National Alliance to End Sexual Violence
  • NAESV C/O RALIANCE, 655 15th Street NW, Suite 800, Washington, DC 20005

Rape Exemptions and Abortions

Sexual violence occurs on a continuum of complex and difficult crimes having devastating impacts on victims. According to the United States Department of Justice Bureau of Justice Statistics, only 31% of rapes are reported to law enforcement.1 The term “forcible rape” is used in the Uniform Crime Report by the Federal Bureau of Investigation to report incidents of rape and is defined very narrowly excluding many forms of criminal sexual behavior.2 Use of the term “forcible rape” in the Uniform Crime Report coupled with the underreporting of the crime has led to very limited statistical picture of sexual violence. Additionally, the term “forcible rape” fails to track either federal or state law relating to sexual crimes.

Every area of a victim’s life is affected by sexual violence whether it is a child sexually abused by a family member, a teenager coerced into sex by an older man, a college student drugged and assaulted at a party, or an adult raped by a stranger or by her ex-husband. Advocates at 1300 rape crisis centers across the United States bear witness to the trauma of sexual violence every day and see the torment caused by the loss of power and control over one’s body-one’s most intimate self-that is at the heart of sexual violence.

We know that at least 1-5% of sexual assaults results in pregnancy.3 In 2008, the Supreme Court of California upheld that pregnancy resulting from rape constitutes great bodily injury.4 Most of us can’t imagine what it would be like to face that pain. The cornerstone of our work as advocates is supporting victims in regaining control over their bodies and lives by explaining all available options and supporting the victim’s decision about which option to choose. If after exploring all of her options, a victim of any form of sexual violence decides that she cannot go through with a pregnancy resulting from the crime, we should not add any hurdles or barriers to the process.

A narrow exemption for “forcible rape” fails to address the reality of women who become pregnant against their will. At the very least, such an exemption must include all cases of rape. Congress and the federal government should cease using the term “forcible rape” in any context, including abortion legislation, because the term limits our understanding of both the nature and extent of sexual violence in our nation. Additionally, to ensure that low-income victims of rape and incest have access to reproductive choices, states should not be permitted to exclude Medicaid coverage for abortion in these cases.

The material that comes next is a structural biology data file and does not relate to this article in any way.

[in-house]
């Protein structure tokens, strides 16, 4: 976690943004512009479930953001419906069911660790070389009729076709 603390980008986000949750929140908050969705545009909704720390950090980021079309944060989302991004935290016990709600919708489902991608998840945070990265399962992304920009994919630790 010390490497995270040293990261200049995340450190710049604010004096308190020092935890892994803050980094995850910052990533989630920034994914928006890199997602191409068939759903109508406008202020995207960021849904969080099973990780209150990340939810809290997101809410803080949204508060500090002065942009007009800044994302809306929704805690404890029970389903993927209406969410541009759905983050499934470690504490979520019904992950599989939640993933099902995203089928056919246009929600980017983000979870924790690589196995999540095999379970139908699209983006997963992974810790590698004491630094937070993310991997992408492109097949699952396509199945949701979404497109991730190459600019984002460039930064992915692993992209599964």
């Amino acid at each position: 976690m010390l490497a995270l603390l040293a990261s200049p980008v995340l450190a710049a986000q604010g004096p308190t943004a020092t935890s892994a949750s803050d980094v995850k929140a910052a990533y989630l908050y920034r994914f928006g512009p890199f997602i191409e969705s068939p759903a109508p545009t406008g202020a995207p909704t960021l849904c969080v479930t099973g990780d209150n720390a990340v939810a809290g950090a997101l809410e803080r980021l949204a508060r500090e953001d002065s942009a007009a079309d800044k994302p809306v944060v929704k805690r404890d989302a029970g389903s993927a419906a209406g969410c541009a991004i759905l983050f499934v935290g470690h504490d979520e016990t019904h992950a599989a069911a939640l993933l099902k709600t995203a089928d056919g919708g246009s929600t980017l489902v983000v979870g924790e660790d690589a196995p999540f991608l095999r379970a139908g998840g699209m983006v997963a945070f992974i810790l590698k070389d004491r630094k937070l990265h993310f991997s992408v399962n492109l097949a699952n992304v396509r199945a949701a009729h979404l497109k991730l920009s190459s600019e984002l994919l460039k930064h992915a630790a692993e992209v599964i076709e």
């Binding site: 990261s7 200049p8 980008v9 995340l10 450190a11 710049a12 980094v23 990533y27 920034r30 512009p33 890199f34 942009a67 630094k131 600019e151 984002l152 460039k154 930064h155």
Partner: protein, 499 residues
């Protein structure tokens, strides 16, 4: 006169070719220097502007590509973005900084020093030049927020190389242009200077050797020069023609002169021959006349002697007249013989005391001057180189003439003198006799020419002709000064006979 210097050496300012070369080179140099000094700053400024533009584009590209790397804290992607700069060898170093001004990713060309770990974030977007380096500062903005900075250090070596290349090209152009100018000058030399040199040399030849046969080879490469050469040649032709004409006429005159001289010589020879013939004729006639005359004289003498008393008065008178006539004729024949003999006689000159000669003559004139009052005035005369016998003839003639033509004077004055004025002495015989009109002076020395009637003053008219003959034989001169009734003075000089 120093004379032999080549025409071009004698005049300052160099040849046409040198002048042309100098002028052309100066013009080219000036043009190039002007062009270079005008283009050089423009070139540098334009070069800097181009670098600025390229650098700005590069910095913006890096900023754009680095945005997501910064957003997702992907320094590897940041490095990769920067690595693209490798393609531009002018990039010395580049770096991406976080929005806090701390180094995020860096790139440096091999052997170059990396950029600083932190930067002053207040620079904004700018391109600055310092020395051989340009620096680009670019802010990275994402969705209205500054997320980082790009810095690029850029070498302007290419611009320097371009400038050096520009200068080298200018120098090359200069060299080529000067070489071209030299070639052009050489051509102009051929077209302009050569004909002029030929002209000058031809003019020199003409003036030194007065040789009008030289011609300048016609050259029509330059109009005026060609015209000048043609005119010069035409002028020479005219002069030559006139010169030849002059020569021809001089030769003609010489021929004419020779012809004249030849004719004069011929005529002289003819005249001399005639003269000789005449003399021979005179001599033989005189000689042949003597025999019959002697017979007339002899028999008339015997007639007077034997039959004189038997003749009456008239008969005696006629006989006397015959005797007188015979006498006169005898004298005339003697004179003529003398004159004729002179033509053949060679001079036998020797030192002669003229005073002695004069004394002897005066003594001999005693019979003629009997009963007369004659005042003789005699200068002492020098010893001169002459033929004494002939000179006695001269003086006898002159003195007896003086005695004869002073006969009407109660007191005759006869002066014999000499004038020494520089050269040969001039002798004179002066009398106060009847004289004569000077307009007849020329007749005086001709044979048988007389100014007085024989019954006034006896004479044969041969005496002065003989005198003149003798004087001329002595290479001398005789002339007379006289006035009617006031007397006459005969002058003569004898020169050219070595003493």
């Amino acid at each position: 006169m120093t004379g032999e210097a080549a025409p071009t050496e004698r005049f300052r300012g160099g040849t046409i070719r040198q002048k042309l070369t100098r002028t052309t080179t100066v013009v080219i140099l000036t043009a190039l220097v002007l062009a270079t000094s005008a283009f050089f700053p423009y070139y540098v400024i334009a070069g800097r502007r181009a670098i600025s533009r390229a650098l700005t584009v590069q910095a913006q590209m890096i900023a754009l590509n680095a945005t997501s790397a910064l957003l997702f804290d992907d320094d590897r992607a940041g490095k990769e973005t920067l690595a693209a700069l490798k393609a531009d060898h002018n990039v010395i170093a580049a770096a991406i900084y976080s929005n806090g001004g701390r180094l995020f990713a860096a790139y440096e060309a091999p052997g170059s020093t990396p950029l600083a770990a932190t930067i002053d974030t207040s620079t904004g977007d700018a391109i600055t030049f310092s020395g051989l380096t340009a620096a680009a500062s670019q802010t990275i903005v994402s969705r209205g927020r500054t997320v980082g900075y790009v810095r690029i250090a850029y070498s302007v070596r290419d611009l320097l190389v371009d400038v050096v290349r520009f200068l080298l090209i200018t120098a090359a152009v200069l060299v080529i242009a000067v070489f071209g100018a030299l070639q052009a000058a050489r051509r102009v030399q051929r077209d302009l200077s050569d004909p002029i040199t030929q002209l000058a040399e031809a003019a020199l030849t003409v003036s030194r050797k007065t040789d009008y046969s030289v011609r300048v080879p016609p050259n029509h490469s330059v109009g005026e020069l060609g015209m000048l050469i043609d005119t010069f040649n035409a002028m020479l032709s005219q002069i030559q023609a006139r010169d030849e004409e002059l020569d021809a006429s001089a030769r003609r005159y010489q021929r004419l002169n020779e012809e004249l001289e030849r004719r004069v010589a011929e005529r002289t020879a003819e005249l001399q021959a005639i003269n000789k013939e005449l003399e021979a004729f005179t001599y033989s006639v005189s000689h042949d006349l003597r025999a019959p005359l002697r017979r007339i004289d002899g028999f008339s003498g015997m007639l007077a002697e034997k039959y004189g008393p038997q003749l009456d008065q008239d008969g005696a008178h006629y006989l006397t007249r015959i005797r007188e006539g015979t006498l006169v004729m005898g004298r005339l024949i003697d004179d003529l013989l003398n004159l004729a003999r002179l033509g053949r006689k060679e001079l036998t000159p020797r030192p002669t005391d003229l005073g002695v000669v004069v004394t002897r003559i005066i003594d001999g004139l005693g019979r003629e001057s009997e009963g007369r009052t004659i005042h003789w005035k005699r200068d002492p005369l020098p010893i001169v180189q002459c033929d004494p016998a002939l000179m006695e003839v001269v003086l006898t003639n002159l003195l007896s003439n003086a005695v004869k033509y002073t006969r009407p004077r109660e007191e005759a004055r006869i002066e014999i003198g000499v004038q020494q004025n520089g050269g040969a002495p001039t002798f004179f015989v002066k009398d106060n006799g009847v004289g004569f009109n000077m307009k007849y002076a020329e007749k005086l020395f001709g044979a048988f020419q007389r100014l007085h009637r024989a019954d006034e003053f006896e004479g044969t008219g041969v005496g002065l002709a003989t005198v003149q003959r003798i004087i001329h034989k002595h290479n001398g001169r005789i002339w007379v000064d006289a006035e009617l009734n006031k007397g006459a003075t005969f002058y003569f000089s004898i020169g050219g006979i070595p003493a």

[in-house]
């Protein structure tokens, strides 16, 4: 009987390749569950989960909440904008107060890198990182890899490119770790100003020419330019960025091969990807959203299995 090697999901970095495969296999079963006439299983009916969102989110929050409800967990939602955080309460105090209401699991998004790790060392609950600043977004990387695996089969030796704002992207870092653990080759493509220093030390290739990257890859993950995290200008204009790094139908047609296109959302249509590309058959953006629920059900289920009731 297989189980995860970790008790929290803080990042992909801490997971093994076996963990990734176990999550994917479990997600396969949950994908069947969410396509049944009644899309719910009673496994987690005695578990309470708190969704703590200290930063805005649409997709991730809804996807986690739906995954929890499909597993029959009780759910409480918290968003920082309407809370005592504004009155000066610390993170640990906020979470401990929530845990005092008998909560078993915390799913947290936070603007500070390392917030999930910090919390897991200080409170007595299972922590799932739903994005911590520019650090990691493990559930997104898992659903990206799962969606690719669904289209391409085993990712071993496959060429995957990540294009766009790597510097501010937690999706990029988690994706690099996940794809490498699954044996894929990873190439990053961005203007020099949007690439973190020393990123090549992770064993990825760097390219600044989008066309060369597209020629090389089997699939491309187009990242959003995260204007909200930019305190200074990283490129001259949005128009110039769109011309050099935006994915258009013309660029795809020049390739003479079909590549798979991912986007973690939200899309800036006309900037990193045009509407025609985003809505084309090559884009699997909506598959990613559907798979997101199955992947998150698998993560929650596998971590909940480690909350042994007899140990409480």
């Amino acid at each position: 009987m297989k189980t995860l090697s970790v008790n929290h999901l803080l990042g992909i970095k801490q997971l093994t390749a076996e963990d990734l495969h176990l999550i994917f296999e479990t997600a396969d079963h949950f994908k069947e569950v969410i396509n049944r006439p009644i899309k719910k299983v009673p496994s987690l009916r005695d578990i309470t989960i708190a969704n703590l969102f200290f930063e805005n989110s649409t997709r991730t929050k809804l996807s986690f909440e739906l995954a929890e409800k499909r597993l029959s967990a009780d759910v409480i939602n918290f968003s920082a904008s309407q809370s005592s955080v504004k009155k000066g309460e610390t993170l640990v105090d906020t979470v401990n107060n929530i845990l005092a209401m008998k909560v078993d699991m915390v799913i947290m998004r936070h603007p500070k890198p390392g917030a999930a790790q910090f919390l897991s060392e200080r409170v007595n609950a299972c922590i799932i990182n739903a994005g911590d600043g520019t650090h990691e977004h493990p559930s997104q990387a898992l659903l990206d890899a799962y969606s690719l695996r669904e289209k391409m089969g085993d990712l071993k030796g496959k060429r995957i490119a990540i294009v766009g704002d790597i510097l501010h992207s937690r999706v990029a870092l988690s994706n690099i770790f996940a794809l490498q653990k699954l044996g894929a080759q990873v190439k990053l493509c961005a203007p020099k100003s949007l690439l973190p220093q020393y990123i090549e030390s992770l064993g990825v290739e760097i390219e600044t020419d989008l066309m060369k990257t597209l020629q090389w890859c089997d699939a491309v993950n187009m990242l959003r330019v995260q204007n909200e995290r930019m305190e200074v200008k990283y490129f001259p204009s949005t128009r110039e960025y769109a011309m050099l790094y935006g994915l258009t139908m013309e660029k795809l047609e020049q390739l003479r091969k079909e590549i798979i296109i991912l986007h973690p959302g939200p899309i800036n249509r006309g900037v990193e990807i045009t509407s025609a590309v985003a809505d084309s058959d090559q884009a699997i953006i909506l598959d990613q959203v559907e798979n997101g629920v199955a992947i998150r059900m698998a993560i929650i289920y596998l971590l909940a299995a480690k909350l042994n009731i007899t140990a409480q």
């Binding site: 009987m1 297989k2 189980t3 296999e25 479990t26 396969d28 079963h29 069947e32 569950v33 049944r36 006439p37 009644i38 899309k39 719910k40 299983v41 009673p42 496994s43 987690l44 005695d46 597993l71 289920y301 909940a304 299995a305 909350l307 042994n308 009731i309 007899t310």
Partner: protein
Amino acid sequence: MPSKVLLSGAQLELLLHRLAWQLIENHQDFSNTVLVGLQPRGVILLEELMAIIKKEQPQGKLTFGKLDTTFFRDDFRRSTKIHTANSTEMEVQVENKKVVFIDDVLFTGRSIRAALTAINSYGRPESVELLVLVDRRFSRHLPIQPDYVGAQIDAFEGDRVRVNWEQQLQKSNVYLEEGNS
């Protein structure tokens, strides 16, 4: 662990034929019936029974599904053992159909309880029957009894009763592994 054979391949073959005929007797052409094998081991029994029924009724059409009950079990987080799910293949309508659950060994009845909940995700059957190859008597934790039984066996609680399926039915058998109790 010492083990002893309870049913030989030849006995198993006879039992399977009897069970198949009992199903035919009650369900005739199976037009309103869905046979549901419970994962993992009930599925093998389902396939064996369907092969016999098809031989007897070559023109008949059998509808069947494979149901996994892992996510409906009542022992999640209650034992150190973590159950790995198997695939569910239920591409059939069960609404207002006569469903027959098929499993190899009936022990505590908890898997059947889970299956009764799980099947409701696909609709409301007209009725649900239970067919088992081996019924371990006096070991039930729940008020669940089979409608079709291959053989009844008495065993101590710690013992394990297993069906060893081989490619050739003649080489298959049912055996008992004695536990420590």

Organizations supporting NAESV’s statement:

ALAS: The National Latina Alliance Against Sexual Violence
Arte Sana
Break the Cycle
Casa de Esperanza
Family Violence Prevention Fund
Institute on Domestic Violence in the African-American Community
Jewish Women International
Joyful Heart Foundation
Legal Momentum
National Center for Victims of Crime
National Center on Domestic and Sexual Violence
National Coalition Against Domestic Violence
National Congress of American Indians Task Force on Violence Against Women
National Council of Jewish Women
National Domestic Violence Hotline
National Latino Alliance for the Elimination of Domestic Violence (Alianza)
National Network to End Domestic Violence
National Organization of Sisters of Color Ending Sexual Assault
National Resource Center on Domestic Violence
National Sexual Violence Resource Center
Women of Color Network

Arkansas Coalition Against Sexual Assault
California Coalition Against Sexual Assault
Colorado Coalition Against Sexual Assault
Connecticut Sexual Assault Crisis Services
ContactLifeline/Sexual Assault Network of Delaware
Day One Rhode Island
DC Rape Crisis Center
Florida Council Against Sexual Violence
Hawaii State Coalition Against Domestic Violence
Houston Area Women’s Center
Illinois Coalition Against Sexual Assault
Indiana Coalition Against Sexual Assault
Iowa Coalition Against Sexual Assault
Jane Doe, The Massachusetts Coalition Against Sexual Assault and Domestic Violence
Kansas Coalition Against Sexual and Domestic Violence
Louisiana Foundation Against Sexual Assault
Maine Coalition Against Sexual Assault
Maryland Coalition Against Sexual Assault
Michigan Coalition Against Domestic and Sexual Violence
Minnesota Coalition Against Sexual Assault
Mississippi Coalition Against Sexual Assault
Missouri Coalition Against Domestic and Sexual Violence
Montana Coalition Against Domestic and Sexual Violence
North Dakota Council on Abused Women’s Services
New Hampshire Coalition Against Domestic and Sexual Violence
New Jersey Coalition Against Sexual Assault
New Mexico Coalition of Sexual Assault Programs
New York Coalition Against Sexual Assault
North Carolina Coalition Against Sexual Assault
Oklahoma Coalition Against Domestic Violence and Sexual Assault
Oregon Coalition Against Domestic and Sexual Violence
Panhandle Crisis Center, Perryton, TX
Pennsylvania Coalition Against Domestic Violence
Pennsylvania Coalition Against Rape
Tennessee Coalition Against Domestic and Sexual Violence
Texas Association Against Sexual Assault
Washington Coalition of Sexual Assault Programs
West Virginia Foundation for Rape Information and Services
Wisconsin Coalition Against Sexual Assault


  3. Holmes, M.M., et al. (1996). Rape-related pregnancy: Estimates and descriptive characteristics from a national sample of women. American Journal of Obstetrics and Gynecology, 175(2): 320-25.
  4. People v. Cross, 45 Cal. 4th 58 (2008).

For more information, please contact: Monika Johnson Hostler, board president, at or Terri Poore, policy chair, at